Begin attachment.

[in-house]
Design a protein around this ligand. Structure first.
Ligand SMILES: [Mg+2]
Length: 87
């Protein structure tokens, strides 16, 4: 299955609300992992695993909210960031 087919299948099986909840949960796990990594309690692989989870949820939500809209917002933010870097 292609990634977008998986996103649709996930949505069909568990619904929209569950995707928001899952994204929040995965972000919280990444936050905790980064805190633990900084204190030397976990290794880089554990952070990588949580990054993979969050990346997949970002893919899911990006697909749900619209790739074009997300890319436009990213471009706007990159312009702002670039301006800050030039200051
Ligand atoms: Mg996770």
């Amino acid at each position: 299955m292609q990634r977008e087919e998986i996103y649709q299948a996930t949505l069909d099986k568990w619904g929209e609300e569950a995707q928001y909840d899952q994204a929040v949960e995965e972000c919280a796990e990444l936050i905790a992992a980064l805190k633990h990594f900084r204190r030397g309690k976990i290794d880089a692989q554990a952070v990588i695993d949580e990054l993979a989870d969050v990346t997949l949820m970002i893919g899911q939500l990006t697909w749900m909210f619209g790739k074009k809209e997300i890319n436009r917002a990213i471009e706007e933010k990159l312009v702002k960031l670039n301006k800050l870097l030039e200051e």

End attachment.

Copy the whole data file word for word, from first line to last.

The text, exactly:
[in-house]
Design a protein around this ligand. Structure first.
Ligand SMILES: [Mg+2]
Length: 87
């Protein structure tokens, strides 16, 4: 299955609300992992695993909210960031 087919299948099986909840949960796990990594309690692989989870949820939500809209917002933010870097 292609990634977008998986996103649709996930949505069909568990619904929209569950995707928001899952994204929040995965972000919280990444936050905790980064805190633990900084204190030397976990290794880089554990952070990588949580990054993979969050990346997949970002893919899911990006697909749900619209790739074009997300890319436009990213471009706007990159312009702002670039301006800050030039200051
Ligand atoms: Mg996770």
């Amino acid at each position: 299955m292609q990634r977008e087919e998986i996103y649709q299948a996930t949505l069909d099986k568990w619904g929209e609300e569950a995707q928001y909840d899952q994204a929040v949960e995965e972000c919280a796990e990444l936050i905790a992992a980064l805190k633990h990594f900084r204190r030397g309690k976990i290794d880089a692989q554990a952070v990588i695993d949580e990054l993979a989870d969050v990346t997949l949820m970002i893919g899911q939500l990006t697909w749900m909210f619209g790739k074009k809209e997300i890319n436009r917002a990213i471009e706007e933010k990159l312009v702002k960031l670039n301006k800050l870097l030039e200051e």